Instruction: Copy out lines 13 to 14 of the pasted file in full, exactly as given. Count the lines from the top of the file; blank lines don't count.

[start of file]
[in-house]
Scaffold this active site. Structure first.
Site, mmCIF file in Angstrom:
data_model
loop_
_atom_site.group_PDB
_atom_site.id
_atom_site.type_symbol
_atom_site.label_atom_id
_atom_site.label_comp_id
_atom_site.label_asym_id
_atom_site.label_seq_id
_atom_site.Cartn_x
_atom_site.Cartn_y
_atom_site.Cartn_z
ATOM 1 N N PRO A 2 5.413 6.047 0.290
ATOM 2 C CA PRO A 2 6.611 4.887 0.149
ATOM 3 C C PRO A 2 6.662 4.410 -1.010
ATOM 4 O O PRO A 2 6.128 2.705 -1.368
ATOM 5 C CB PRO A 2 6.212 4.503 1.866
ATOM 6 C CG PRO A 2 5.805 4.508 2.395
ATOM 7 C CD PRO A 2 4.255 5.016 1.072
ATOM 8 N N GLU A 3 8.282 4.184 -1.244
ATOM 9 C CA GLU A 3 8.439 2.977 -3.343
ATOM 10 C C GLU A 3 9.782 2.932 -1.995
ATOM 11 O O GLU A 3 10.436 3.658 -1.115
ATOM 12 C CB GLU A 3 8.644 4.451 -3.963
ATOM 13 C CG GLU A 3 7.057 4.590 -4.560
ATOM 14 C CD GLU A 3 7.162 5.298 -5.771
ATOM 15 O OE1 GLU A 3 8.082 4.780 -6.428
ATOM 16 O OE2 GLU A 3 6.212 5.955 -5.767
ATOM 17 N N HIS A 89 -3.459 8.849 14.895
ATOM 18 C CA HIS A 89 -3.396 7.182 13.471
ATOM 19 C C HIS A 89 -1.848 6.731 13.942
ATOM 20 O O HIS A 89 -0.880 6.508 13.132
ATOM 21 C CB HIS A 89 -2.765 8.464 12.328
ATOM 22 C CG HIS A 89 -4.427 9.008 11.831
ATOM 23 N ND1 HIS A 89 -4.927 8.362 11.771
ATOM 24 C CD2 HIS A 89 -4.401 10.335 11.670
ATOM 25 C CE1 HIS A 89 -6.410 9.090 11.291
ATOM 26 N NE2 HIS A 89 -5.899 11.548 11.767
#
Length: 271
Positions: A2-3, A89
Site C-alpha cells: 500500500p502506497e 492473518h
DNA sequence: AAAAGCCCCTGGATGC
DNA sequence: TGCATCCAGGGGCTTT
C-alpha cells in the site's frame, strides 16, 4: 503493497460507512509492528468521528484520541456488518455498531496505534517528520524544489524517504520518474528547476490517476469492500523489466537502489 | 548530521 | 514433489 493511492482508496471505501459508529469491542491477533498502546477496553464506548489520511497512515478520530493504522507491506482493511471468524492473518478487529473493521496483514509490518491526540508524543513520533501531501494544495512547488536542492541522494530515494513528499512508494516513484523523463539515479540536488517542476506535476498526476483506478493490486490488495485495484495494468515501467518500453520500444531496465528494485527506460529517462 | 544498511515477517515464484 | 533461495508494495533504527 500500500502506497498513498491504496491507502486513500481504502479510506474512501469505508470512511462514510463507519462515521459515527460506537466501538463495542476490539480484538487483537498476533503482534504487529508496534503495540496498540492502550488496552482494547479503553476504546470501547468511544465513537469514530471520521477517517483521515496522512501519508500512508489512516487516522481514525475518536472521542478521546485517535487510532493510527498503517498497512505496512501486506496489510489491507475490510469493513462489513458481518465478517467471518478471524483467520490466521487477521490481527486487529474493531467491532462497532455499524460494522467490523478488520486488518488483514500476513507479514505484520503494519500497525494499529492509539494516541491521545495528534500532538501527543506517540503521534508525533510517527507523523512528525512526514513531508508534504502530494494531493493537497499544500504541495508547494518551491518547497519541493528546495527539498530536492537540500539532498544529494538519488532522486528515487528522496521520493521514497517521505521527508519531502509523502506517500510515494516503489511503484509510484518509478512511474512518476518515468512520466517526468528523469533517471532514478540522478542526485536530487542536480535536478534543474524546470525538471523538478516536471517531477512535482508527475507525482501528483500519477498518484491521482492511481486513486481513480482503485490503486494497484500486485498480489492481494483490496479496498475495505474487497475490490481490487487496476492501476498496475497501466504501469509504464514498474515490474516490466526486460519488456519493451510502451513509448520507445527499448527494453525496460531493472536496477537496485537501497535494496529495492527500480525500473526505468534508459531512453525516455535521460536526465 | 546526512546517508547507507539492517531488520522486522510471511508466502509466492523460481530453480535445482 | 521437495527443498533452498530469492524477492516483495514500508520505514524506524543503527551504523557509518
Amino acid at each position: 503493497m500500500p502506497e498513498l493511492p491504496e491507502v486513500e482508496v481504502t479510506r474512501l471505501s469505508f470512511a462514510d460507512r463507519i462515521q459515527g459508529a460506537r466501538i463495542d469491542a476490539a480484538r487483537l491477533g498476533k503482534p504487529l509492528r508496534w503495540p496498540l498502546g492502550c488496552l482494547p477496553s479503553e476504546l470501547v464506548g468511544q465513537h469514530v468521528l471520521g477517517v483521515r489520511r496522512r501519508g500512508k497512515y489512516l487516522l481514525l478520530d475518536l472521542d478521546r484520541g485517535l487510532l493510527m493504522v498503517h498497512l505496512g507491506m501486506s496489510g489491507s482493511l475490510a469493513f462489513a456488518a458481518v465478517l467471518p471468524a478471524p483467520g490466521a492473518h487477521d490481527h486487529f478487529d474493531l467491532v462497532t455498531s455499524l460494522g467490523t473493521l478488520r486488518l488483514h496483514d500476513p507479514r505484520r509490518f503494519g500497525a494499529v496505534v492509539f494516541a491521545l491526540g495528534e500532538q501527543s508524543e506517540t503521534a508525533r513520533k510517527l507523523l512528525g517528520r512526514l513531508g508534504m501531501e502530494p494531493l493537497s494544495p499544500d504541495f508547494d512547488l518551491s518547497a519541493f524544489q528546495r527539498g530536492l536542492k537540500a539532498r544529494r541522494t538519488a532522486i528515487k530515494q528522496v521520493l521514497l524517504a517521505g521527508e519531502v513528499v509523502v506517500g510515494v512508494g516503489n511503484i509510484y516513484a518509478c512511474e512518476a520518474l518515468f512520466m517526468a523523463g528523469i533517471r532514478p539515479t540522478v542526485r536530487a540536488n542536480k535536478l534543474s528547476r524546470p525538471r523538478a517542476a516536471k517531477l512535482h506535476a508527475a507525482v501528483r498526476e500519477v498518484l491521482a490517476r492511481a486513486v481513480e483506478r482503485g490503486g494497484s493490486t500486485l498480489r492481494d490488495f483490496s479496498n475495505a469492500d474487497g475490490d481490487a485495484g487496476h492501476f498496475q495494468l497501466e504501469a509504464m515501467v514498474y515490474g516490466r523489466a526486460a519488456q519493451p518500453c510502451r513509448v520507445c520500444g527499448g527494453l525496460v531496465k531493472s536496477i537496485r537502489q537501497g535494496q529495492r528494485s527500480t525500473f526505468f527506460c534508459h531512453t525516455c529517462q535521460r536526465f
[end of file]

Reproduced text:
_atom_site.Cartn_x
_atom_site.Cartn_y